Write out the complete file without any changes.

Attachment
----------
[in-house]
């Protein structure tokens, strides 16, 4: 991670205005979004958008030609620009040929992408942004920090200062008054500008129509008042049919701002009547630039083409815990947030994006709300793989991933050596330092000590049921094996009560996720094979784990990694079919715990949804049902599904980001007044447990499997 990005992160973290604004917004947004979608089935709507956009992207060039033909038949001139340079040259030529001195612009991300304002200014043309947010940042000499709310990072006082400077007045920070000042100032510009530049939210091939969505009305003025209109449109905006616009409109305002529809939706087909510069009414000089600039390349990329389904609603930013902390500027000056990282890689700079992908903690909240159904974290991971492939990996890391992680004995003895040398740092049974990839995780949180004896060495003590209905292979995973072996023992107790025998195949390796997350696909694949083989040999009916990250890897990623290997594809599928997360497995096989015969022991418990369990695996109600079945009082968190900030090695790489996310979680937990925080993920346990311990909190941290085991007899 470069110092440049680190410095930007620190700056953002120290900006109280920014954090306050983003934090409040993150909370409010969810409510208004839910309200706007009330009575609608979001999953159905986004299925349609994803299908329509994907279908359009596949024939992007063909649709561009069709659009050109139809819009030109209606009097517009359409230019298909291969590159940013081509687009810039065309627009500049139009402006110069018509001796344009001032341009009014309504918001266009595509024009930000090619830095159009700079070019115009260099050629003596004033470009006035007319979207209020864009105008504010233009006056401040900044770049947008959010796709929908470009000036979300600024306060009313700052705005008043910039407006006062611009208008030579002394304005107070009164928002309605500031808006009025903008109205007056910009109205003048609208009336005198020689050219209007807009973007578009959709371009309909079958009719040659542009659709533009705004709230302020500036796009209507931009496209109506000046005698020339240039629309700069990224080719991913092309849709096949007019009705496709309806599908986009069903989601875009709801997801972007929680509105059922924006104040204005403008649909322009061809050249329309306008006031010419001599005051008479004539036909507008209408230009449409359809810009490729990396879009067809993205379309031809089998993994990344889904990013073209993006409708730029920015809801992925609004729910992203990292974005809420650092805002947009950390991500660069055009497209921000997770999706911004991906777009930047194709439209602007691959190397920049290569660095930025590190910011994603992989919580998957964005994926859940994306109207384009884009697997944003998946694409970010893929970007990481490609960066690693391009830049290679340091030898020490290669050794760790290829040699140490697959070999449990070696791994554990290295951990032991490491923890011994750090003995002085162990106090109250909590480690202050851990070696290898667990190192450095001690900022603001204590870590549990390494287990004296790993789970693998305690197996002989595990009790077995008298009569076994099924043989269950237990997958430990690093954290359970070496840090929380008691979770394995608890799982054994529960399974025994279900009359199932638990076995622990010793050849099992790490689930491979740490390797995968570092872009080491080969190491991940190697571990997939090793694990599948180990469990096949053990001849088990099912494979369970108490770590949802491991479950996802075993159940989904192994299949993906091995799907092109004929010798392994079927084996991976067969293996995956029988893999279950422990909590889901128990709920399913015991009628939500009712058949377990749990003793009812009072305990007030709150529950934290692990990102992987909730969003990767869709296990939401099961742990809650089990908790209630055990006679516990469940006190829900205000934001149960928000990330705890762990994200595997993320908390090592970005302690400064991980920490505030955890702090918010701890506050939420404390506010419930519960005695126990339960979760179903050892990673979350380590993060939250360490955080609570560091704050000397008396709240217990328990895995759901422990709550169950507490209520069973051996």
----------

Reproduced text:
[in-house]
């Protein structure tokens, strides 16, 4: 991670205005979004958008030609620009040929992408942004920090200062008054500008129509008042049919701002009547630039083409815990947030994006709300793989991933050596330092000590049921094996009560996720094979784990990694079919715990949804049902599904980001007044447990499997 990005992160973290604004917004947004979608089935709507956009992207060039033909038949001139340079040259030529001195612009991300304002200014043309947010940042000499709310990072006082400077007045920070000042100032510009530049939210091939969505009305003025209109449109905006616009409109305002529809939706087909510069009414000089600039390349990329389904609603930013902390500027000056990282890689700079992908903690909240159904974290991971492939990996890391992680004995003895040398740092049974990839995780949180004896060495003590209905292979995973072996023992107790025998195949390796997350696909694949083989040999009916990250890897990623290997594809599928997360497995096989015969022991418990369990695996109600079945009082968190900030090695790489996310979680937990925080993920346990311990909190941290085991007899 470069110092440049680190410095930007620190700056953002120290900006109280920014954090306050983003934090409040993150909370409010969810409510208004839910309200706007009330009575609608979001999953159905986004299925349609994803299908329509994907279908359009596949024939992007063909649709561009069709659009050109139809819009030109209606009097517009359409230019298909291969590159940013081509687009810039065309627009500049139009402006110069018509001796344009001032341009009014309504918001266009595509024009930000090619830095159009700079070019115009260099050629003596004033470009006035007319979207209020864009105008504010233009006056401040900044770049947008959010796709929908470009000036979300600024306060009313700052705005008043910039407006006062611009208008030579002394304005107070009164928002309605500031808006009025903008109205007056910009109205003048609208009336005198020689050219209007807009973007578009959709371009309909079958009719040659542009659709533009705004709230302020500036796009209507931009496209109506000046005698020339240039629309700069990224080719991913092309849709096949007019009705496709309806599908986009069903989601875009709801997801972007929680509105059922924006104040204005403008649909322009061809050249329309306008006031010419001599005051008479004539036909507008209408230009449409359809810009490729990396879009067809993205379309031809089998993994990344889904990013073209993006409708730029920015809801992925609004729910992203990292974005809420650092805002947009950390991500660069055009497209921000997770999706911004991906777009930047194709439209602007691959190397920049290569660095930025590190910011994603992989919580998957964005994926859940994306109207384009884009697997944003998946694409970010893929970007990481490609960066690693391009830049290679340091030898020490290669050794760790290829040699140490697959070999449990070696791994554990290295951990032991490491923890011994750090003995002085162990106090109250909590480690202050851990070696290898667990190192450095001690900022603001204590870590549990390494287990004296790993789970693998305690197996002989595990009790077995008298009569076994099924043989269950237990997958430990690093954290359970070496840090929380008691979770394995608890799982054994529960399974025994279900009359199932638990076995622990010793050849099992790490689930491979740490390797995968570092872009080491080969190491991940190697571990997939090793694990599948180990469990096949053990001849088990099912494979369970108490770590949802491991479950996802075993159940989904192994299949993906091995799907092109004929010798392994079927084996991976067969293996995956029988893999279950422990909590889901128990709920399913015991009628939500009712058949377990749990003793009812009072305990007030709150529950934290692990990102992987909730969003990767869709296990939401099961742990809650089990908790209630055990006679516990469940006190829900205000934001149960928000990330705890762990994200595997993320908390090592970005302690400064991980920490505030955890702090918010701890506050939420404390506010419930519960005695126990339960979760179903050892990673979350380590993060939250360490955080609570560091704050000397008396709240217990328990895995759901422990709550169950507490209520069973051996």